Seven Methods of Killing Kylie Jenner, Royal Court

Monday 8th July 2019

Danielle Vitalis and Tia Bannon in Seven Methods of Killing Kylie Jenner. Photo: Helen Murray
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Few theatres have done as much to promote new young talent as the Royal Court; few theatres have done as much to stage plays about the pains and pleasures of the digital world; few venues have tackled the themes of race and gender in contemporary society more effectively. Now, once again, it’s time for a young writer to make their debut in the upstairs studio space. Step forward Jasmine Lee-Jones, whose new play, Seven Methods of Killing Kylie Jenner, has an arresting title, and has been advertised as an exploration of “cultural appropriation, queerness, friendship between womxn and the ownership of black bodies”, which is great. But can it live up to the hype?

Well, actually, yes it can. The play takes its title from twentysomething Cleo’s sudden rush of anger when she reads a tweet by Forbes hailing the 21-year-old Kylie Jenner as “the youngest self-made billionaire ever”. Yes, it’s enough to make you spit. Most people would just write a witty response and leave it at that. But Cleo is not most people: she begins a tirade of tweets about the injustice of rich white women managing to get more rich simply because of their background. Remind you of anyone? For Cleo this is just another example of white supremacist capitalist claptrap. So she decides to tweet about different ways of killing the billionaire.

Cleo’s tweets are amusing and incisive, but her best friend Kara is worried. Aren’t they also too extreme? Why can’t her friend just write “a simple intelligent disagreement with a dose of wit”? Why the death messages? Why the knife emojis? As the two friends discuss Cleo’s tweets, the whole history of their relationship gradually bubbles up: they are both black, but Kara is more light-skinned than Cleo; Cleo has man trouble, but Kara is a lesbian. As they discuss the different feelings that they have experienced, their frustrations with each other become apparent. At the same time, Cleo’s Kylie Jenner tweets get even more and more extreme, and soon twitter trolls are onto her. The troller becomes the trolled.

To say that Lee-Jones tells this 80-minute story with vigour is like saying that a twitter storm is a mild inconvenience. Her text is alive! It jumps off the stage, does a quick somersault over our heads, and then lands with a bang. She artfully alternates scenes set in Cleo’s bedroom with scenes that take place online, giving an amazingly energetic sense of how real life and twitter life can collide, combine and contradict each other. It’s one of the liveliest pieces of writing to appear for a long time. At the same time, there’s a raw pain that aches through the piece. Amid all the jokes about female friendship, there’s a real rage about racism and about how black women are treated.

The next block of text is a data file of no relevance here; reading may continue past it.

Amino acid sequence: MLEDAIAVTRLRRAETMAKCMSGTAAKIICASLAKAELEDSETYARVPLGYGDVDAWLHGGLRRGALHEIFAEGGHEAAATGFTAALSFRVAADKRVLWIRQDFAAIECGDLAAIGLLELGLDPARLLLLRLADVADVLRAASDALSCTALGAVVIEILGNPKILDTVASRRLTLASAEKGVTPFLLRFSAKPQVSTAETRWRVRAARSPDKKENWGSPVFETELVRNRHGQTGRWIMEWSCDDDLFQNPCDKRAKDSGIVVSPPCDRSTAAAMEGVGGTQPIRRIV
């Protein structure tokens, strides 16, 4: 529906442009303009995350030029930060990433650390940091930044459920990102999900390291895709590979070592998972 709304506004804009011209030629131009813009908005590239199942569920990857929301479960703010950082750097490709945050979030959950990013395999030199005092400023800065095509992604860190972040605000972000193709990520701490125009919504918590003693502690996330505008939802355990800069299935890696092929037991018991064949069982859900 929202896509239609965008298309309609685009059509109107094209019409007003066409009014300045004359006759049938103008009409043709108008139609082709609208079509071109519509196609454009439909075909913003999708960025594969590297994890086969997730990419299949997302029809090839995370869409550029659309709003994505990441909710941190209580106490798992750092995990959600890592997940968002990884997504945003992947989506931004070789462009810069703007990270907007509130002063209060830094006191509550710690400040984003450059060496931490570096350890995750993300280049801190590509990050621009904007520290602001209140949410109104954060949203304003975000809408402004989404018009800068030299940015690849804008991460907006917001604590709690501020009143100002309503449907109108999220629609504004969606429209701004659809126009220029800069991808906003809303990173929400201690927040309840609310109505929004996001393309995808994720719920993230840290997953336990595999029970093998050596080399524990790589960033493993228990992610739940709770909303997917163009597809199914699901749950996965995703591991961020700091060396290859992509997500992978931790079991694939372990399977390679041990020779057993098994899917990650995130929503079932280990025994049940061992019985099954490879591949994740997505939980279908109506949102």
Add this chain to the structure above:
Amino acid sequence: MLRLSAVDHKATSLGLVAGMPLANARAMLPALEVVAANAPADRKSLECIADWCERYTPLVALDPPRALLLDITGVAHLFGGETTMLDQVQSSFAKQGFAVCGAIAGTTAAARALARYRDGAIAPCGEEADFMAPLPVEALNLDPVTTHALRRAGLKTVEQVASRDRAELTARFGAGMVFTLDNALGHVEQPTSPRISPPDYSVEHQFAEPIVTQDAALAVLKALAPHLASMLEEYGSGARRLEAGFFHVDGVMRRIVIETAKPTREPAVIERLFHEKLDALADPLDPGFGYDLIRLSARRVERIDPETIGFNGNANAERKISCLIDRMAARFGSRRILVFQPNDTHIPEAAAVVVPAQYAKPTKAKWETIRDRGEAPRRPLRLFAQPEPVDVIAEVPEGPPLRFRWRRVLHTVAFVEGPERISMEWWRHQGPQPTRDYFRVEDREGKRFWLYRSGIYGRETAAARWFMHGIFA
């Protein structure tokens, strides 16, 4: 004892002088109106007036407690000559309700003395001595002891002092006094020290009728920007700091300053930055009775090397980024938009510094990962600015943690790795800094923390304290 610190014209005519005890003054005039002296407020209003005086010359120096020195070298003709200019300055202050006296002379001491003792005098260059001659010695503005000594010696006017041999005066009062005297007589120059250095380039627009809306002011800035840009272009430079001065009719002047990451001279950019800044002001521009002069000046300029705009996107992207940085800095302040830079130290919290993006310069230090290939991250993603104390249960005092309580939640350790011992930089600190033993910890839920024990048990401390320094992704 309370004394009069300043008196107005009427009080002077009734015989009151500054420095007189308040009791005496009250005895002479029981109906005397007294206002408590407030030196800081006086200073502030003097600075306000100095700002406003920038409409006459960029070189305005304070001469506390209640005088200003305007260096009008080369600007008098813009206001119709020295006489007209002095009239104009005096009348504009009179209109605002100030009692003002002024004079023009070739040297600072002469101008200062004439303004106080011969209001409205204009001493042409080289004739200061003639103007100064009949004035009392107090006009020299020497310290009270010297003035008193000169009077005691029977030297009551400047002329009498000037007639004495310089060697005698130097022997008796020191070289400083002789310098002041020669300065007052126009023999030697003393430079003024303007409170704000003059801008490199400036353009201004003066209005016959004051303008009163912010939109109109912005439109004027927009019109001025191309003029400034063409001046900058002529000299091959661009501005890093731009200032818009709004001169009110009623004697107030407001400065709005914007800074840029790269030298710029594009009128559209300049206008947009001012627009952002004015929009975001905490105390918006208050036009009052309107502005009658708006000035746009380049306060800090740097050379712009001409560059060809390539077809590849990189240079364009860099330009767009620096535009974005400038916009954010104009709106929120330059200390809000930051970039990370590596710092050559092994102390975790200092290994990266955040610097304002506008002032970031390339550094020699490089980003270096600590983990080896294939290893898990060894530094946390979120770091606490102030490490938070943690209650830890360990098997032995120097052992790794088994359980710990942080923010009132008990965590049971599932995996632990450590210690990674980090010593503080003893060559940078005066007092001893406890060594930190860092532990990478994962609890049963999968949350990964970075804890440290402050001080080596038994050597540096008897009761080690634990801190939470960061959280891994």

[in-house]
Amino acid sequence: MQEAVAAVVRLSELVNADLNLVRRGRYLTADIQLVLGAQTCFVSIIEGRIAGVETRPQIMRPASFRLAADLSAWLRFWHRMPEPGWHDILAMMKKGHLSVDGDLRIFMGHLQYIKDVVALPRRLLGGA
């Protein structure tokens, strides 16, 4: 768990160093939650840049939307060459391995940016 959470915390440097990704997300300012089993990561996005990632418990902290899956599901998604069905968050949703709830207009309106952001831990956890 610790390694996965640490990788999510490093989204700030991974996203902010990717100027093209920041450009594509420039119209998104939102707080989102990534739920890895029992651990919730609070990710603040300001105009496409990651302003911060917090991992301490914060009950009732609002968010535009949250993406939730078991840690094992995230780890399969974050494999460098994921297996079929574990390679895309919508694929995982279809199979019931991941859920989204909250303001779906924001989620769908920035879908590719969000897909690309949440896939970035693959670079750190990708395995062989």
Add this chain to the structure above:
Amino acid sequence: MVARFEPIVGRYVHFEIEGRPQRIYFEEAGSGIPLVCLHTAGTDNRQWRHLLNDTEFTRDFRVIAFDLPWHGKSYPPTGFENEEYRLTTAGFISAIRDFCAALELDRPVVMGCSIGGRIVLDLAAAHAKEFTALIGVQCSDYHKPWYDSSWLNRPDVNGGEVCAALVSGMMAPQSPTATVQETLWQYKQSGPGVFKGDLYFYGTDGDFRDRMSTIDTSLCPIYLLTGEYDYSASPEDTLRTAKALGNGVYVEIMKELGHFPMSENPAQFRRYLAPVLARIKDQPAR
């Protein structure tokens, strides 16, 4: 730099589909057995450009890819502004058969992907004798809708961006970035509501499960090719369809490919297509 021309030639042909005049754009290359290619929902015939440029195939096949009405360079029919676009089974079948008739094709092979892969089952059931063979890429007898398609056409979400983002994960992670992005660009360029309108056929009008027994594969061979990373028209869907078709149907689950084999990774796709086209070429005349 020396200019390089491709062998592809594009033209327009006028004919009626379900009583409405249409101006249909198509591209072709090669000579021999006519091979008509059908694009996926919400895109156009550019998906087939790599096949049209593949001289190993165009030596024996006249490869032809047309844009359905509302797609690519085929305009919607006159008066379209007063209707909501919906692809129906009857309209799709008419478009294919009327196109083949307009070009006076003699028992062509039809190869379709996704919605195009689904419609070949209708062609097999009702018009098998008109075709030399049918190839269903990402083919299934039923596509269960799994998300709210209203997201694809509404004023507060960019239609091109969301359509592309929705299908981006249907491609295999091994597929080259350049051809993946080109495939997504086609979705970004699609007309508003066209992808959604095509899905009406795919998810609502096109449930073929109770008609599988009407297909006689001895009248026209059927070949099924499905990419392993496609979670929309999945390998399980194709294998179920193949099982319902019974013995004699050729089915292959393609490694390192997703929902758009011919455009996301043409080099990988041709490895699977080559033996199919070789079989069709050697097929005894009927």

It’s the mix of the serious and the funny that makes this show so bright. I love the jokes about academic discourse, the reference to Prince, Cleo’s take on her man, her hilarious “dick withdrawal symptoms”, the chat about masturbation, the reference to Beyoncé, the debate about blackness, the conflict over memory, the perils of anonymity on the net, the details of the seven ways to kill an icon… In fact, I love all of it. As directed by Milli Bhatia, there are lots of big joys and little ones: at one point, a miniature tumbleweed is blown across the stage. In general, as shows such as Teh Internet Is Serious Business prove, staging the digital world is quite a challenge. This production takes this head on with enormous energy and plenty of fantastic fun — the result is really exciting. Believe.

Of course, only a dedicated hermit would be unfamiliar with the outlines of Lee-Jones’s picture of identity politics. The tensions between black women of different backgrounds — Kara is mixed race — and of different sexualities are well known, but that doesn’t mean that they shouldn’t be aired once again. Especially given the theatrical flair and emotional integrity of this two-hander. And its convincing sense of urgency. By the end, the feeling of agony and anger is palpable, and the playwright works hard to avoid letting us off the hook. In a way that reminded me of Selina Thompson’s salt., Lee-Jones widens the focus to encompass the history of the slave trade.

Inspired by Natasha Gordon-Chipembere’s 2015 book on Representation and Black Womanhood: The Legacy of Sarah Baartman, this play engages with the vile history of how, in the early 19th century, European powers seized black women from Africa and displayed them in cages as curiosities. As she points out, we can’t even be sure of the birth name of the woman known as Saartjie (Baartman). But her fate is recounted in excruciating, and rather moving, detail. In a powerful contrast to Martin McDonagh’s ghastly A Very Very Very Dark Matter, which made merry with the idea of a captive black woman, Lee-Jones writes with intelligence and control.

Yes, this is one of those productions which challenge you to go with the flow: the rapid rat-a-tat of the dialogues, with their internet slang and visual references, is not always clear, and you really do need to look at the playtext, with its festival of memes and twitter messages, to see the full splendour of the playwright’s imagination. Rajha Shakiry’s design suggests the tangles not only of the internet, but also of any close friendship (and Lee-Jones is particularly good on how past incidents fester in the memory). I was also blown away by the performances of Danielle Vitalis (Cleo) and Tia Bannon (Kara), who switch effortlessly between the intimate domestic scenes and the wilder internet world. Their passion is both inspiring, and just a touch frightening. And that is as it should be.

This review first appeared on The Arts Desk 

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